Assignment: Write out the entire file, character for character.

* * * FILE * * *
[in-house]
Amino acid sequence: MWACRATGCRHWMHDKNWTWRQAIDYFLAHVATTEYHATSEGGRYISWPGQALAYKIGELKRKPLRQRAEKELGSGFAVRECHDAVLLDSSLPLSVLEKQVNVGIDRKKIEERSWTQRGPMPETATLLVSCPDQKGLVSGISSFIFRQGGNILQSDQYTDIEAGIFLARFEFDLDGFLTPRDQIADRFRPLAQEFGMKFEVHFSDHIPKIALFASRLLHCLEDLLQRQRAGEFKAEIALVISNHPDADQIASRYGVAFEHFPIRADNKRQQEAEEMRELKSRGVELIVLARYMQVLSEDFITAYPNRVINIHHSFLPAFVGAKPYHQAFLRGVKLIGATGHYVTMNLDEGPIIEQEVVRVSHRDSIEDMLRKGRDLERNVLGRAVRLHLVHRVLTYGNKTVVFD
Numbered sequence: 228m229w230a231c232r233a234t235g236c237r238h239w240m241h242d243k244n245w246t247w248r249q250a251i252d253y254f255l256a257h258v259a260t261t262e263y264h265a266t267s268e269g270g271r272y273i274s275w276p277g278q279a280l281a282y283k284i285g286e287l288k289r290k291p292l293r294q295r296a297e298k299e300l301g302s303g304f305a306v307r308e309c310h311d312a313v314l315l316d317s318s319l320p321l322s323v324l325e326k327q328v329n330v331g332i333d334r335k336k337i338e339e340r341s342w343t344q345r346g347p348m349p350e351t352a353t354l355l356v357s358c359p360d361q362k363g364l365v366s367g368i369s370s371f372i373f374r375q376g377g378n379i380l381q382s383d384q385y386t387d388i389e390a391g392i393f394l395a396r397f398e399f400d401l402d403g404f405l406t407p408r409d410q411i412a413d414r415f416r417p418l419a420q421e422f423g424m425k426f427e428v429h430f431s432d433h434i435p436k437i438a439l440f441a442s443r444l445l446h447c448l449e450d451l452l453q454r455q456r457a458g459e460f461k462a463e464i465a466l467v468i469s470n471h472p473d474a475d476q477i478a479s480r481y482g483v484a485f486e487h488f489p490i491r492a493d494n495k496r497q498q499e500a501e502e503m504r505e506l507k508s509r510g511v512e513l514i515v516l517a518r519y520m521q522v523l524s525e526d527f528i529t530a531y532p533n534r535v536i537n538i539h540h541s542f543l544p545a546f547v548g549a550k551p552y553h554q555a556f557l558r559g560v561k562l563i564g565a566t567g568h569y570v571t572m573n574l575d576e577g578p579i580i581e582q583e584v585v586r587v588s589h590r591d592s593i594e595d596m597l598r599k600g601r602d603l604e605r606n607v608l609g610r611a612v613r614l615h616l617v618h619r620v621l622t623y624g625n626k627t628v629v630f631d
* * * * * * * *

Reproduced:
[in-house]
Amino acid sequence: MWACRATGCRHWMHDKNWTWRQAIDYFLAHVATTEYHATSEGGRYISWPGQALAYKIGELKRKPLRQRAEKELGSGFAVRECHDAVLLDSSLPLSVLEKQVNVGIDRKKIEERSWTQRGPMPETATLLVSCPDQKGLVSGISSFIFRQGGNILQSDQYTDIEAGIFLARFEFDLDGFLTPRDQIADRFRPLAQEFGMKFEVHFSDHIPKIALFASRLLHCLEDLLQRQRAGEFKAEIALVISNHPDADQIASRYGVAFEHFPIRADNKRQQEAEEMRELKSRGVELIVLARYMQVLSEDFITAYPNRVINIHHSFLPAFVGAKPYHQAFLRGVKLIGATGHYVTMNLDEGPIIEQEVVRVSHRDSIEDMLRKGRDLERNVLGRAVRLHLVHRVLTYGNKTVVFD
Numbered sequence: 228m229w230a231c232r233a234t235g236c237r238h239w240m241h242d243k244n245w246t247w248r249q250a251i252d253y254f255l256a257h258v259a260t261t262e263y264h265a266t267s268e269g270g271r272y273i274s275w276p277g278q279a280l281a282y283k284i285g286e287l288k289r290k291p292l293r294q295r296a297e298k299e300l301g302s303g304f305a306v307r308e309c310h311d312a313v314l315l316d317s318s319l320p321l322s323v324l325e326k327q328v329n330v331g332i333d334r335k336k337i338e339e340r341s342w343t344q345r346g347p348m349p350e351t352a353t354l355l356v357s358c359p360d361q362k363g364l365v366s367g368i369s370s371f372i373f374r375q376g377g378n379i380l381q382s383d384q385y386t387d388i389e390a391g392i393f394l395a396r397f398e399f400d401l402d403g404f405l406t407p408r409d410q411i412a413d414r415f416r417p418l419a420q421e422f423g424m425k426f427e428v429h430f431s432d433h434i435p436k437i438a439l440f441a442s443r444l445l446h447c448l449e450d451l452l453q454r455q456r457a458g459e460f461k462a463e464i465a466l467v468i469s470n471h472p473d474a475d476q477i478a479s480r481y482g483v484a485f486e487h488f489p490i491r492a493d494n495k496r497q498q499e500a501e502e503m504r505e506l507k508s509r510g511v512e513l514i515v516l517a518r519y520m521q522v523l524s525e526d527f528i529t530a531y532p533n534r535v536i537n538i539h540h541s542f543l544p545a546f547v548g549a550k551p552y553h554q555a556f557l558r559g560v561k562l563i564g565a566t567g568h569y570v571t572m573n574l575d576e577g578p579i580i581e582q583e584v585v586r587v588s589h590r591d592s593i594e595d596m597l598r599k600g601r602d603l604e605r606n607v608l609g610r611a612v613r614l615h616l617v618h619r620v621l622t623y624g625n626k627t628v629v630f631d